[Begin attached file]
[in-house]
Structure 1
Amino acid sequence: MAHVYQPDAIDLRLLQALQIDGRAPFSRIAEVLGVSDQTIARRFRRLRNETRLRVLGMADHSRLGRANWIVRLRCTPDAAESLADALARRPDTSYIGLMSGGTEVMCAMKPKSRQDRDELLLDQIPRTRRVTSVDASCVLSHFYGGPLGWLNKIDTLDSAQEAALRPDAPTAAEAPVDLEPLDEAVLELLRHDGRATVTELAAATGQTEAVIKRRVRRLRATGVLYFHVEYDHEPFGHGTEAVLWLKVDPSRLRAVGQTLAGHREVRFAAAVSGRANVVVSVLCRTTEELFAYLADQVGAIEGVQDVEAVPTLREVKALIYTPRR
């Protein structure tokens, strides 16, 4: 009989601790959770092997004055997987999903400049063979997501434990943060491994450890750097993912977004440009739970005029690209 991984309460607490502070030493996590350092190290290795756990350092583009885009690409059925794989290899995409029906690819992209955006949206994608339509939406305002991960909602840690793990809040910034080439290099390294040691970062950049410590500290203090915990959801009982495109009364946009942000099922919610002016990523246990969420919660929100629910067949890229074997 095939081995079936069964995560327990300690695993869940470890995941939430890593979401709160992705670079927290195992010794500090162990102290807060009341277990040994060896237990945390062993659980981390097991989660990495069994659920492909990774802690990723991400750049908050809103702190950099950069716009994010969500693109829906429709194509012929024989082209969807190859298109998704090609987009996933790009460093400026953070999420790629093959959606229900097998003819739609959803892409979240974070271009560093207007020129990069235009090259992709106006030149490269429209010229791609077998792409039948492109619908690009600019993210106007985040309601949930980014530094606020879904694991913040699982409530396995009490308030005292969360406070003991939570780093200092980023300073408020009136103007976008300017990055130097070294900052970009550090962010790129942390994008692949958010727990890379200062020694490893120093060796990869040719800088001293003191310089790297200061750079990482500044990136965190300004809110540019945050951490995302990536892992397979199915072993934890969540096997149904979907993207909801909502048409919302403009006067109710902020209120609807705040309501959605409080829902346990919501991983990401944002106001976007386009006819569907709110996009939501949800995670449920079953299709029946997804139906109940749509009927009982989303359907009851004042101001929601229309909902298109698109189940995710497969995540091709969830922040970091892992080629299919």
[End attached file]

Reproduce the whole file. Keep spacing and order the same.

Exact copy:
[in-house]
Structure 1
Amino acid sequence: MAHVYQPDAIDLRLLQALQIDGRAPFSRIAEVLGVSDQTIARRFRRLRNETRLRVLGMADHSRLGRANWIVRLRCTPDAAESLADALARRPDTSYIGLMSGGTEVMCAMKPKSRQDRDELLLDQIPRTRRVTSVDASCVLSHFYGGPLGWLNKIDTLDSAQEAALRPDAPTAAEAPVDLEPLDEAVLELLRHDGRATVTELAAATGQTEAVIKRRVRRLRATGVLYFHVEYDHEPFGHGTEAVLWLKVDPSRLRAVGQTLAGHREVRFAAAVSGRANVVVSVLCRTTEELFAYLADQVGAIEGVQDVEAVPTLREVKALIYTPRR
């Protein structure tokens, strides 16, 4: 009989601790959770092997004055997987999903400049063979997501434990943060491994450890750097993912977004440009739970005029690209 991984309460607490502070030493996590350092190290290795756990350092583009885009690409059925794989290899995409029906690819992209955006949206994608339509939406305002991960909602840690793990809040910034080439290099390294040691970062950049410590500290203090915990959801009982495109009364946009942000099922919610002016990523246990969420919660929100629910067949890229074997 095939081995079936069964995560327990300690695993869940470890995941939430890593979401709160992705670079927290195992010794500090162990102290807060009341277990040994060896237990945390062993659980981390097991989660990495069994659920492909990774802690990723991400750049908050809103702190950099950069716009994010969500693109829906429709194509012929024989082209969807190859298109998704090609987009996933790009460093400026953070999420790629093959959606229900097998003819739609959803892409979240974070271009560093207007020129990069235009090259992709106006030149490269429209010229791609077998792409039948492109619908690009600019993210106007985040309601949930980014530094606020879904694991913040699982409530396995009490308030005292969360406070003991939570780093200092980023300073408020009136103007976008300017990055130097070294900052970009550090962010790129942390994008692949958010727990890379200062020694490893120093060796990869040719800088001293003191310089790297200061750079990482500044990136965190300004809110540019945050951490995302990536892992397979199915072993934890969540096997149904979907993207909801909502048409919302403009006067109710902020209120609807705040309501959605409080829902346990919501991983990401944002106001976007386009006819569907709110996009939501949800995670449920079953299709029946997804139906109940749509009927009982989303359907009851004042101001929601229309909902298109698109189940995710497969995540091709969830922040970091892992080629299919």